such as myself ally ourselves only with the Left is ignorant hogwash.
We believe in allying ourselves with whoever has a libertarian
position on issues important to us. We hail a Nat Hentoff on civil
liberties and a Henry
on economics. This is not inconsistency; on the contrary,
it means that we consistently welcome people for the libertarian
positions they hold on particular issues, a welcome that in no sense
means that we endorse their stand on every conceivable question.
But to libertarians, this is nothing new. Most of us have known
for a long time that our position cuts across the conventional left-right
spectrum, that we agree with liberals on some issues and with conservatives
on others. That is because we are consistent upholders of
liberty, and they of course are not.

Her implication
that we have joined the Left in "evad[ing] mass murder in Cambodia"
is false on two important counts: first, because much of the information
that we have, and that she can self-righteously refer to, on the
monstrosity that is Cambodia comes to us from leftists who staunchly
opposed the war in Indochina, from James Forest, Jean Lacouture,
Father Ponchaud, etc.; and second, because I myself, as she well
knows, wrote a blistering attack on the Cambodian regime in Libertarian
Review. Where and when did Efron ever write on the subject before
she penned her broadside attack?

Efron’s appalling
ignorance of the libertarian movement is revealed by her lament
that the limited-government people have struck some sort of "deal"
with anarchocapitalists never to engage in discussion or debate
over their ultimate ideological differences. Efron has apparently
not been reading not only Libertarian Forum or the Journal
of Libertarian Studies, which has published numerous anarchist
critiques of Robert
, but not even Reason itself, where John Hospers
and I have squared off. The debate continues. It is only the activists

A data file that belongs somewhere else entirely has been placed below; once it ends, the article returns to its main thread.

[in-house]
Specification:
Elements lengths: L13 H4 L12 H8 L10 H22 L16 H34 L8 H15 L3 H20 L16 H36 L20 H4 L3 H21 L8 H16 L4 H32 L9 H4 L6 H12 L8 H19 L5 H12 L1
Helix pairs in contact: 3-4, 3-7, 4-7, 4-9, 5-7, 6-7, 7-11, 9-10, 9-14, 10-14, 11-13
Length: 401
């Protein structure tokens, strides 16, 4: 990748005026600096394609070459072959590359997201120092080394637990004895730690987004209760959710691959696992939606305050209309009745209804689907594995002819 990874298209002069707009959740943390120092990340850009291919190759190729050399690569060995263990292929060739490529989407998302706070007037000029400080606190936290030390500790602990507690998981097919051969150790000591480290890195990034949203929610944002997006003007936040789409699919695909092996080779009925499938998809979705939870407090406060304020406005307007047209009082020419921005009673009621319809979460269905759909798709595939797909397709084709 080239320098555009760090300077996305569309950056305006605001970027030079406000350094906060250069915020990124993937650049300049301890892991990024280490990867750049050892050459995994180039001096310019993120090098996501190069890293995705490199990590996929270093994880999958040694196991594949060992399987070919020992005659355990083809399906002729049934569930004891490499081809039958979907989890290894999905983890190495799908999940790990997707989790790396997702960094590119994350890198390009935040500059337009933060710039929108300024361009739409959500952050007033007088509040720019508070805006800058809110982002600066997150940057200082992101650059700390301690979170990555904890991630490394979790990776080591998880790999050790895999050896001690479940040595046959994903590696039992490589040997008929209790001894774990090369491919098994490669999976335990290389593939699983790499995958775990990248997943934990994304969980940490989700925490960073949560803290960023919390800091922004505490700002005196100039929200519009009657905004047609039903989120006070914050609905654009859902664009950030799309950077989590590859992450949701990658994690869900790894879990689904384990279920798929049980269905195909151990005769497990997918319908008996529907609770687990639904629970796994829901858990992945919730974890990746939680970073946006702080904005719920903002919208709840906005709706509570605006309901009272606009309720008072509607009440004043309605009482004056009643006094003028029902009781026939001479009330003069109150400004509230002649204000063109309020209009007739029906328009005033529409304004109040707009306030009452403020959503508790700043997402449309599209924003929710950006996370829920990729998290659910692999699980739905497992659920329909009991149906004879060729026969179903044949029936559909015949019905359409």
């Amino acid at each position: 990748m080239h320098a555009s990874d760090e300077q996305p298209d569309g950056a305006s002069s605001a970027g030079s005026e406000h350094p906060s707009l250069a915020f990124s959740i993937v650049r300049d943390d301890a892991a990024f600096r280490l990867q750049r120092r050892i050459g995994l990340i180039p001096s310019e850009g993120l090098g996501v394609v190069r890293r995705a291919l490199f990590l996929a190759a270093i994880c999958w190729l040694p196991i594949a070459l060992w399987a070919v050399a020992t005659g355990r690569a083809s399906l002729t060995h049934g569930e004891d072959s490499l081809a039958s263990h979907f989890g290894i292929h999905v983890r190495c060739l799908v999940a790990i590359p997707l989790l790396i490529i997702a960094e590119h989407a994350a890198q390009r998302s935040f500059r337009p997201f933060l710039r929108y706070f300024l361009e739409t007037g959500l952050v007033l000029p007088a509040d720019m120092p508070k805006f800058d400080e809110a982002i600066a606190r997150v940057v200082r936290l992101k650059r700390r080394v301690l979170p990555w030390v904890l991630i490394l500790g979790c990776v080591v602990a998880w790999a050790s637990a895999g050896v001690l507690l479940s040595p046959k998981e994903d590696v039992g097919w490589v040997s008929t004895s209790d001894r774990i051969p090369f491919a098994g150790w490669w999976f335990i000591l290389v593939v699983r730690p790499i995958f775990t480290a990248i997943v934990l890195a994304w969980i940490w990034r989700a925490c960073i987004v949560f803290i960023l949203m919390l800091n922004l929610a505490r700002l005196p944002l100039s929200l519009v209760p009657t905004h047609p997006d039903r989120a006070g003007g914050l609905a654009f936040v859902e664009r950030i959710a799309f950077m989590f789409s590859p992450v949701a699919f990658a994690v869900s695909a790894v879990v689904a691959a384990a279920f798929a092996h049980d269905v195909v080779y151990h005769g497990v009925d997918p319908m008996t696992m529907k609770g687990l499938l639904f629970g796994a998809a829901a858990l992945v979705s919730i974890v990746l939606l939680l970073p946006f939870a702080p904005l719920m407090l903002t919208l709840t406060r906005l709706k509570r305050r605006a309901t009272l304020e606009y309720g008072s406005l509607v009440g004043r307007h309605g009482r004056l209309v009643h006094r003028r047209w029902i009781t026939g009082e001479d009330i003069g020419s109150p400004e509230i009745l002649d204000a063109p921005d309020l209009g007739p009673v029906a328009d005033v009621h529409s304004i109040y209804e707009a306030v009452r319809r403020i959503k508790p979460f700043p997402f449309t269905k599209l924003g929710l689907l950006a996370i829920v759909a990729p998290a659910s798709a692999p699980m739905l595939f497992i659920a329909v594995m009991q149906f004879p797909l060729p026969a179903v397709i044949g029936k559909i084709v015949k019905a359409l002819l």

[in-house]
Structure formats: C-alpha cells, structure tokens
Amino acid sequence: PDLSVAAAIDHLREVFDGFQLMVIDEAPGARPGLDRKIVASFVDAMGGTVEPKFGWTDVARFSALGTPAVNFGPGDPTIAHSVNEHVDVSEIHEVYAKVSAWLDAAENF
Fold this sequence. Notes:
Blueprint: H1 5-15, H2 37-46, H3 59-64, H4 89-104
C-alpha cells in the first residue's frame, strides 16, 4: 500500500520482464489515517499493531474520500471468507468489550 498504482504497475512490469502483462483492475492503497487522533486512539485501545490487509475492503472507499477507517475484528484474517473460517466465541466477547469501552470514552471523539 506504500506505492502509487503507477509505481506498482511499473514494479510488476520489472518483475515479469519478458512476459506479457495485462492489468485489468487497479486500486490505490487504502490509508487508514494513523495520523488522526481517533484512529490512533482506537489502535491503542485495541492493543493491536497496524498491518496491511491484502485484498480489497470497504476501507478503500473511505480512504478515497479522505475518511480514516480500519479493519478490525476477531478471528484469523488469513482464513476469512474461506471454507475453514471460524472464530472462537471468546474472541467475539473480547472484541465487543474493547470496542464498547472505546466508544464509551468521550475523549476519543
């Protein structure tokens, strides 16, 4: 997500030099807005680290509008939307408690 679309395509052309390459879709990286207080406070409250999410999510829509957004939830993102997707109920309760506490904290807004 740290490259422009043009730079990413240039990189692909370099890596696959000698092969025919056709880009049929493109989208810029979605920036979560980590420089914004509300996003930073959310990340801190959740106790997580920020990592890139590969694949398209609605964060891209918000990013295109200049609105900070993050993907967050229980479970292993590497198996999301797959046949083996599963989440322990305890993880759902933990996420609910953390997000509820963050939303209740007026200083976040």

in the Libertarian Party who wisely concluded that they would get
nowhere facing concrete political issues if they spent their energies
on such theoretical questions. These disputes, while ultimately
important, are hardly relevant at present to contesting the next
election or dealing with current political situations.

Efron had no desire whatever to remedy her ignorance of the libertarian
movement before writing about it. Instead of doing research, she
seems to have relied on her imagination for facts. Her slovenliness
extends even to Inquiry,
a publication that is not, strictly speaking, libertarian, but rather
a general-interest, political-affairs magazine. What can we say
of an alleged reporter who presumes to denounce Inquiry without
having read any of it – even though she was offered
a gift of the issue that had already appeared when she wrote her

I have before
me the 12 issues of Inquiry that have come out so far. Does
it exude "sleaze," as Efron would have it? Has the enemy
put one over on its editor, Bill Evers? Hardly. There are attacks
on the Panama Canal treaties (by yours truly); the American, Communist,
and Third World governments; corruption in the US Congress; the
therapeutic state; foreign aid; the post office; and public education
(the last by "Maoist" Karl Hess, among others). There
is the moving diary of a Polish dissident, and defenses of competition
in the professions and of the rights of real nations (i.e.,
populations with a common cultural and linguistic heritage), such
as Scotland and Catalonia (not of the empires that lord it
over them). And there is Tom
in every other issue, defending the rights of Americans
against an American state that he, at least, considers to be tyrannical.
More than anything else, there’s something called quality.

For Efron –
who has not had anything to do with the libertarian movement in